Title: Days of Blood & Starlight

Author: Laini Taylor

Series: Daughter of Smoke & Bone #2

Genre: Fantasy, Young Adult

Published: November 6th 2012 by Little, Brown Books for Young Readers

Rating: 5/5 stars ★★★★★

“Dead souls dream only of death. Small dreams for small men. It is life that expands to fill worlds. Life is your master, or death is.”


Once upon a time, an angel and a devil fell in love and dared to imagine a world free of bloodshed and war.

This is not that world.

Art student and monster’s apprentice Karou finally has the answers she has always sought. She knows who she is—and what she is. But with this knowledge comes another truth she would give anything to undo: She loved the enemy and he betrayed her, and a world suffered for it.

In this stunning sequel to the highly acclaimed Daughter of Smoke & Bone, Karou must decide how far she’ll go to avenge her people. Filled with heartbreak and beauty, secrets and impossible choices, Days of Blood & Starlight finds Karou and Akiva on opposing sides as an age-old war stirs back to life.

While Karou and her allies build a monstrous army in a land of dust and starlight, Akiva wages a different sort of battle: a battle for redemption. For hope.

But can any hope be salvaged from the ashes of their broken dream?


5 of 5 stars to Days of Blood & Starlight by Laini Taylor



Once upon a time there was a girl who sought solace in books. She did not find it here…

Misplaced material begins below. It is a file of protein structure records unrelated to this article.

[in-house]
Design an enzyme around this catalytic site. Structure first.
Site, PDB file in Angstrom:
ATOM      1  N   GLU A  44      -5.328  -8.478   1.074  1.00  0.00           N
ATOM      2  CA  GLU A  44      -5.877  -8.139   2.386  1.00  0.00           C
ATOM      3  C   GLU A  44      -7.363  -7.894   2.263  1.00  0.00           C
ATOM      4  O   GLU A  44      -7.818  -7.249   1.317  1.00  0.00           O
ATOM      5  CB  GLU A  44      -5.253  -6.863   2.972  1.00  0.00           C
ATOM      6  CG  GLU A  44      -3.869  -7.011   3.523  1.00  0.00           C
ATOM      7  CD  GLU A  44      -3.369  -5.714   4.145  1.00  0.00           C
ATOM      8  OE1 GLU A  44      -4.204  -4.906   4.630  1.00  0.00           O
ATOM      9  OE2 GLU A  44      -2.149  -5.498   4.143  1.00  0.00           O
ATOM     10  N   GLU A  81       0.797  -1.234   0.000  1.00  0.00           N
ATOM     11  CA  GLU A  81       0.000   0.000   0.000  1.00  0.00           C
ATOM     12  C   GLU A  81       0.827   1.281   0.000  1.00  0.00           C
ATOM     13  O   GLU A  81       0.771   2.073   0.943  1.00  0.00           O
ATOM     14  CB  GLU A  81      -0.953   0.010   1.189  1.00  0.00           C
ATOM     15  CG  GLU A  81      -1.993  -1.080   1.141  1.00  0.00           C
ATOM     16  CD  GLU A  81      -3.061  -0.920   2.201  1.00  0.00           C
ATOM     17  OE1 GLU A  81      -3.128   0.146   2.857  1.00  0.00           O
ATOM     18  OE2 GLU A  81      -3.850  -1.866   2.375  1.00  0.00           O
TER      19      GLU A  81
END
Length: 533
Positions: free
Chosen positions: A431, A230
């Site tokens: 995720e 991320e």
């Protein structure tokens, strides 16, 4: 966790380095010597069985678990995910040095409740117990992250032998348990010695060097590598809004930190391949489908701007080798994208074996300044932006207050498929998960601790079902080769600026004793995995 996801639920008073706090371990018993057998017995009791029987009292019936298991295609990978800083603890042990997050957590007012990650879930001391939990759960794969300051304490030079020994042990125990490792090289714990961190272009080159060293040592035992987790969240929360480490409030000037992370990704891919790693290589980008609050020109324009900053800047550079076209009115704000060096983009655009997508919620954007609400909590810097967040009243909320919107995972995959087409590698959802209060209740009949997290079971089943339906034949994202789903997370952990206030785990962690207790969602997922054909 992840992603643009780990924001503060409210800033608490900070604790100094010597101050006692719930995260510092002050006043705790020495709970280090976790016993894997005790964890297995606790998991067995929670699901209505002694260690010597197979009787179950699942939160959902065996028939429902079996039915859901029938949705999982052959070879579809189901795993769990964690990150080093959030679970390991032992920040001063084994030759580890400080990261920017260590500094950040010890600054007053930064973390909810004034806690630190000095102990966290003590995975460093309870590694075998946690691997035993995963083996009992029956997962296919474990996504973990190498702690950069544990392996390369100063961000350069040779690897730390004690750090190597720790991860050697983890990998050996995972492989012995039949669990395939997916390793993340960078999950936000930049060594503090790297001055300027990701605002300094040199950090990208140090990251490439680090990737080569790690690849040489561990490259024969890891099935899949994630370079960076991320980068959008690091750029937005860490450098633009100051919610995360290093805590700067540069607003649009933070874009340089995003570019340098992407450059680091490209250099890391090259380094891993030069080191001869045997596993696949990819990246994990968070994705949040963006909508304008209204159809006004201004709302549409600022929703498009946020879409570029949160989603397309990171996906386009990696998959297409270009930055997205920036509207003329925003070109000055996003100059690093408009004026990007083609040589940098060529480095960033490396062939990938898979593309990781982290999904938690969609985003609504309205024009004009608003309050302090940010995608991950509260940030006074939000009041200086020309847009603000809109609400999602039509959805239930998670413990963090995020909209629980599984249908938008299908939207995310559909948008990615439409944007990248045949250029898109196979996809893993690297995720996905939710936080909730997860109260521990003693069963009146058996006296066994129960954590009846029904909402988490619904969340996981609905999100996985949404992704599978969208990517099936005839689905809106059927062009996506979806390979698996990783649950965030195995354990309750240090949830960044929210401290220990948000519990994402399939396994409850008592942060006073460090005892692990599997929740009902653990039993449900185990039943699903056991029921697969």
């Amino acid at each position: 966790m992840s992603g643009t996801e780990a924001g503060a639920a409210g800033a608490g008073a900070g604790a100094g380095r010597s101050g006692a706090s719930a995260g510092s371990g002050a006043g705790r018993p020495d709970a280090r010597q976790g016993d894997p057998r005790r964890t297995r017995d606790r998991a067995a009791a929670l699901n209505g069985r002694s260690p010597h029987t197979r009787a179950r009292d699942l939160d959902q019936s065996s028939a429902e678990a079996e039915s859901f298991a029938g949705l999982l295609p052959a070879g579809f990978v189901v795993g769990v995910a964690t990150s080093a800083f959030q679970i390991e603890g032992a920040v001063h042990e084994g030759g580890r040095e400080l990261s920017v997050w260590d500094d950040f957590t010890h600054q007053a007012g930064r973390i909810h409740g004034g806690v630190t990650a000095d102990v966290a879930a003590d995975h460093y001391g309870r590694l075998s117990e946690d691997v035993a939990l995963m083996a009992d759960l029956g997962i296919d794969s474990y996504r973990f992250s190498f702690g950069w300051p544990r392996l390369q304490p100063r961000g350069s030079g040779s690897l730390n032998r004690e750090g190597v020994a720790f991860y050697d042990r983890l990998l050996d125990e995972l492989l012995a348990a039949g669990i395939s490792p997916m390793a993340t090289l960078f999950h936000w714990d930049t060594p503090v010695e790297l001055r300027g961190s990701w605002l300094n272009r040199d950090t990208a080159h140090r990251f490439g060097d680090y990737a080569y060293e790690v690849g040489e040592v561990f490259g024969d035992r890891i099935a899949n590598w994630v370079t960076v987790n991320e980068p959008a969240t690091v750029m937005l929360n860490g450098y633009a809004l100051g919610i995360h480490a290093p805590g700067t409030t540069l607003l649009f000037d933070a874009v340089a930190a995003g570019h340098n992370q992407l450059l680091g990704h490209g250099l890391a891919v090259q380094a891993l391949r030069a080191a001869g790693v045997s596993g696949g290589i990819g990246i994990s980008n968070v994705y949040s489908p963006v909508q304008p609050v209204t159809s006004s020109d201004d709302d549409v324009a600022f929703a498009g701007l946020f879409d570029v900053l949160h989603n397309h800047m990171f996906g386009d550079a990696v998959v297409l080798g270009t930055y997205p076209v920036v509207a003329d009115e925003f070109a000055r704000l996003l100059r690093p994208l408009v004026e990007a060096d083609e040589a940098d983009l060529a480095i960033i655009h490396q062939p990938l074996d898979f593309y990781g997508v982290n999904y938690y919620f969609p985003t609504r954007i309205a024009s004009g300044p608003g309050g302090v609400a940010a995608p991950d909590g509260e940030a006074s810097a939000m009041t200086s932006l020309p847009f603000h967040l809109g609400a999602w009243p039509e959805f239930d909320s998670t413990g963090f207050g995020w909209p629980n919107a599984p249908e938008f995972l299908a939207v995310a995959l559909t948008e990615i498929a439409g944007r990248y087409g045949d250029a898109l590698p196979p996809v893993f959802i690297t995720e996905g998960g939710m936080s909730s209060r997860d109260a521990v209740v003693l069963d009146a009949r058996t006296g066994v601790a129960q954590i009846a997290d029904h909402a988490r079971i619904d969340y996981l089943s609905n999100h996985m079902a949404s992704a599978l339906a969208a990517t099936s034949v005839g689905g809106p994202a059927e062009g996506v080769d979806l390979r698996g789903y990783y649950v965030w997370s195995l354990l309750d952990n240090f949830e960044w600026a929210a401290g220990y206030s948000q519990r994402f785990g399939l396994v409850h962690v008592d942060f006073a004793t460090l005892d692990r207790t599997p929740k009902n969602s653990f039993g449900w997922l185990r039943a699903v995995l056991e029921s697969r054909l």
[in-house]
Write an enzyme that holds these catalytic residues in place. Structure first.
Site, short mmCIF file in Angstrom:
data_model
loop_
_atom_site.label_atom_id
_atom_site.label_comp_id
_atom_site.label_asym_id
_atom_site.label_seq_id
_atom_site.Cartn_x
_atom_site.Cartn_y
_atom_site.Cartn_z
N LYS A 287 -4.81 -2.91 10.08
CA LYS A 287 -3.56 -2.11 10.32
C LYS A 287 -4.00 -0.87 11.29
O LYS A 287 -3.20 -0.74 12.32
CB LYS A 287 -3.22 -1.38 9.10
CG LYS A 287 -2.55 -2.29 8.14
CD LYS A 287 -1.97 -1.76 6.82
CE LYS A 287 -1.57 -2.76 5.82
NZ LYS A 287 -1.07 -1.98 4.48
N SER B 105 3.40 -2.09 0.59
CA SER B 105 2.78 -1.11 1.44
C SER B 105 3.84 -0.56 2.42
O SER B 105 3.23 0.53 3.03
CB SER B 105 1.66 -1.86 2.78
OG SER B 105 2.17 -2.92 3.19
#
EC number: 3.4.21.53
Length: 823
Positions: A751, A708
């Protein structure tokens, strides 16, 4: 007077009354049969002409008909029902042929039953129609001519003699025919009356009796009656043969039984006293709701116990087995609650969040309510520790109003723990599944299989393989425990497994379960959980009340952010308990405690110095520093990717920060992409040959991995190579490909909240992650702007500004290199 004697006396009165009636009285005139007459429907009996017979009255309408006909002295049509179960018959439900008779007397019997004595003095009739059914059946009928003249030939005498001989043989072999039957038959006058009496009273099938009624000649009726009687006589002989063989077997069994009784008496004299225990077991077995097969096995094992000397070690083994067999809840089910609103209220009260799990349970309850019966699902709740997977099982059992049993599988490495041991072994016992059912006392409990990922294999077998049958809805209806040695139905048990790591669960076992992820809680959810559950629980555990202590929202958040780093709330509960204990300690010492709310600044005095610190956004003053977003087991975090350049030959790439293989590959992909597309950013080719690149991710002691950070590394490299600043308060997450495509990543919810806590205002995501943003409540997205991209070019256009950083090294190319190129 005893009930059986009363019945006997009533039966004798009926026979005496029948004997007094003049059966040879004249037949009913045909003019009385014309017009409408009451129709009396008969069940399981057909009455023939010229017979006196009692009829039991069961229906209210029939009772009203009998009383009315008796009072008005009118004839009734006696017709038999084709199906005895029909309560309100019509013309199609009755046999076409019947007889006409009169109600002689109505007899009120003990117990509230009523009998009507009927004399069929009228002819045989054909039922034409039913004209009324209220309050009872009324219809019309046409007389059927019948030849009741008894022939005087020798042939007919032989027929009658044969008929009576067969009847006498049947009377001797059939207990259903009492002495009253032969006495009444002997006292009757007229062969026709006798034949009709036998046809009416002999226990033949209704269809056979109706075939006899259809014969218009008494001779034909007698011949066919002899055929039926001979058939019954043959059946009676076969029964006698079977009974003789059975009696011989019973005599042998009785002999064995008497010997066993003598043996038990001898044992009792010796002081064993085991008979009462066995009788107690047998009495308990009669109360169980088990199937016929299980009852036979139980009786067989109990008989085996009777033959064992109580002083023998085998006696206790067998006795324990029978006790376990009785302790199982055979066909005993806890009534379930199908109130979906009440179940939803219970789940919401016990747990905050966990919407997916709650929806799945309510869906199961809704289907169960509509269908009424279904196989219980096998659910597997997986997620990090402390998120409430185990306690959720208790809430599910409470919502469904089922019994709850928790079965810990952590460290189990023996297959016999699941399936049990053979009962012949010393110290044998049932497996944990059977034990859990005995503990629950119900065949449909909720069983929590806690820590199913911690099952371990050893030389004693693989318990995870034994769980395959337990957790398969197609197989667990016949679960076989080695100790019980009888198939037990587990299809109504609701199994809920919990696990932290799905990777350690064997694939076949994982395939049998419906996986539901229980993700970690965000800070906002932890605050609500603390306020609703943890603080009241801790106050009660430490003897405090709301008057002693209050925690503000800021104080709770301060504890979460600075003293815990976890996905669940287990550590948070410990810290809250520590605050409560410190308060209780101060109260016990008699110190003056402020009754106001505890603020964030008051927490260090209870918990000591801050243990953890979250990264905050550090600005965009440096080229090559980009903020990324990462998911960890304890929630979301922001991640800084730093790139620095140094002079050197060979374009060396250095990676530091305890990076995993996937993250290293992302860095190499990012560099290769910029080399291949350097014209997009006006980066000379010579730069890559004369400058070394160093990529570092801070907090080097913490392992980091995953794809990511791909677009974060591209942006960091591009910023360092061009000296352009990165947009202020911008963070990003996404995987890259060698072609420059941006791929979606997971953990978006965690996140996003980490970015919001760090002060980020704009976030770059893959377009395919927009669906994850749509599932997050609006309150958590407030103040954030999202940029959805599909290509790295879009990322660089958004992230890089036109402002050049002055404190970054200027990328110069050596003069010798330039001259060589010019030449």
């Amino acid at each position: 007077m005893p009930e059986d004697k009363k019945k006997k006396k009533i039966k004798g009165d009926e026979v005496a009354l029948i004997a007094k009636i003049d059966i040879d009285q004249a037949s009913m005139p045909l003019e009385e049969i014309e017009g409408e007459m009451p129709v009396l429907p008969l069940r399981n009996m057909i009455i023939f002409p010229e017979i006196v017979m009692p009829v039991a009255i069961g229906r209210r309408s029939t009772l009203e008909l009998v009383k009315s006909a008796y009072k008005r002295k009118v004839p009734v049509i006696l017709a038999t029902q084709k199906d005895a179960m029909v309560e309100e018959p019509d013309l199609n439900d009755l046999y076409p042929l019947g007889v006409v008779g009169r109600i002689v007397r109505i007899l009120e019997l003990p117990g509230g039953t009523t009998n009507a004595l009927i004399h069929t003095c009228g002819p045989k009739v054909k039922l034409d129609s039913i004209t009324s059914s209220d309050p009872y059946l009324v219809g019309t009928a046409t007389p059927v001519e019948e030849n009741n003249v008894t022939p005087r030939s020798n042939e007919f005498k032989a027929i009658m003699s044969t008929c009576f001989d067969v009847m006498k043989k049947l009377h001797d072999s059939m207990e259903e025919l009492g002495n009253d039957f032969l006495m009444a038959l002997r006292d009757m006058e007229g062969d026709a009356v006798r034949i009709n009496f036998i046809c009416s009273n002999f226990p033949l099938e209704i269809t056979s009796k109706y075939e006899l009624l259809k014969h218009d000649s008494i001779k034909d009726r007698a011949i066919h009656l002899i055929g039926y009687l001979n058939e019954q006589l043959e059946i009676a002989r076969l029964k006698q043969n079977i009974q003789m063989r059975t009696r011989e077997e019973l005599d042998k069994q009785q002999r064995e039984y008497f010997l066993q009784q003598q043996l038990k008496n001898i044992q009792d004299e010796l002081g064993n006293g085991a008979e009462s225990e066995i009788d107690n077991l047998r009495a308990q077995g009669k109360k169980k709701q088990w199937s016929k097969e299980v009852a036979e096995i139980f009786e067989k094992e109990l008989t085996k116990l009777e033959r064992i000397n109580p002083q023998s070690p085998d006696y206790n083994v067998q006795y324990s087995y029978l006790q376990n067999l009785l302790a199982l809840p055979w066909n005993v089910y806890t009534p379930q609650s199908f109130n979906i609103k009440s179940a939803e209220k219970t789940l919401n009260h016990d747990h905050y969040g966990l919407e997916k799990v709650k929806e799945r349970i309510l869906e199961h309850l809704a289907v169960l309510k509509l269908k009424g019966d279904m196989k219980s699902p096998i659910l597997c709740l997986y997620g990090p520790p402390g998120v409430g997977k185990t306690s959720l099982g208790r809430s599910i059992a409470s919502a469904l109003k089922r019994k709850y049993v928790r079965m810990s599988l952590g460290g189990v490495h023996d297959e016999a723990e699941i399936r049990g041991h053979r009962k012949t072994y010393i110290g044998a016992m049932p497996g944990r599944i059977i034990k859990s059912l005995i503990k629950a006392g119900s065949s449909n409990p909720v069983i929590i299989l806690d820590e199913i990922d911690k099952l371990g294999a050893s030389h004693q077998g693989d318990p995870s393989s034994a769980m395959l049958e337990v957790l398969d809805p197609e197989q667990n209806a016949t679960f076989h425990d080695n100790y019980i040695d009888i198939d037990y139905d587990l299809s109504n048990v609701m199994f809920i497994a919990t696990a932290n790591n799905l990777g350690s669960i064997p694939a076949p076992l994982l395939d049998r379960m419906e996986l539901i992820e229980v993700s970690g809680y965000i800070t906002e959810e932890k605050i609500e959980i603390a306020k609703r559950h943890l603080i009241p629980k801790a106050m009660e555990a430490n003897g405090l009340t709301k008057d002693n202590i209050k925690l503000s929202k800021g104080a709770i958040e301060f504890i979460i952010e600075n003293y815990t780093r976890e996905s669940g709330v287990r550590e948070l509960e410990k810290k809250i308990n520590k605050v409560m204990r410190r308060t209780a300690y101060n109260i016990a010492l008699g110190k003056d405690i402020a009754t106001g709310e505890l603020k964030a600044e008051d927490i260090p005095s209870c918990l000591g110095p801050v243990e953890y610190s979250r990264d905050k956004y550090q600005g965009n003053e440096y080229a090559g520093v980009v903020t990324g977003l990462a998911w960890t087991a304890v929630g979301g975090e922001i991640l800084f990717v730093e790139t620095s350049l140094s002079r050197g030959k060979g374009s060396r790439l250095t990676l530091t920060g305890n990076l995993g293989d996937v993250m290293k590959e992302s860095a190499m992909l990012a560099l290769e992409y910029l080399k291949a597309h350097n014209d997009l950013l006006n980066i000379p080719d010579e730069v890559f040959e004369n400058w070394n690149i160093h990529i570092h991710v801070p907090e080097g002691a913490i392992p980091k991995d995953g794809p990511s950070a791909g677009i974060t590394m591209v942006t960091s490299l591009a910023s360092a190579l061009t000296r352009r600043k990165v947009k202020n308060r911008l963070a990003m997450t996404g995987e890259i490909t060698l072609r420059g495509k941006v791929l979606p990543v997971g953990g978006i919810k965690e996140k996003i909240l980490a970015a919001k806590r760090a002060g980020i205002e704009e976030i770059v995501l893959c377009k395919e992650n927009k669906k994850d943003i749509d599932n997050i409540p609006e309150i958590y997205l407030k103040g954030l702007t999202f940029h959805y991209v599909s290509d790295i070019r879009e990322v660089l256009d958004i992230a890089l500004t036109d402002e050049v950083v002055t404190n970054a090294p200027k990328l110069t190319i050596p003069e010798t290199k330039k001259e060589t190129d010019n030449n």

Books that deliver in spades deserve a medal. It is one thing to create a storyㅡseemingly cliche with the age old angel-human star crossed lovers story, warring worlds thrown in the mixㅡand another thing to spare no expense in telling it ALL: the ugly, the bad, the reality; especially in a young adult book with its target market used to the watered down versions of grave themes like war and death which are abundant in this story.

“Days of Blood and Starlight” couldn’t be a more appropriate title for the book because really, it was all about the ugliness of warㅡdeath, bloodshed, innocent lives lostㅡbut it also spoke of hope (“starlight”), that it seemed like these two words, war and hope, will always be intertwined.

Reading Days of Blood Starlight was a heavy experience throughout. With war at its backbone and Karou’s grief at the forefront, there was no relief. Dread was a constant feeling. Who will die? Who will live? What will happen? I was almost afraid to continue reading because I know the author will not spare my feelings. I was not wrong. As if worrying for Akiva and Karou’s fate weren’t enough, the author made me love so many other characters too so then I was just a mass of nerves, anxiously turning the page, hoping that my beloved Ziri or Hazael will not die, because let’s be honest, minor characters are in more danger of dying than the leads.

Taylor, Laini Days of Blood and Starlight character profiles - Karou, Akiva, Thiago, Ziri, Hazael, Liraz

I met Akiva and Karou in book one but I never really knew them until book two. Here, I learned that Akiva has the heart of gold, with love and understanding as big as Eretz’ two moons. He is brimming with hope and determination even when he is suffering, even when he is alone, no ally to help him. He’s man enough to admit his mistakes and smart enough to atone for them. Most of all, he is pitiful.. because everything he’s doing is for Karou and their dream, but Karou couldn’t care less about him.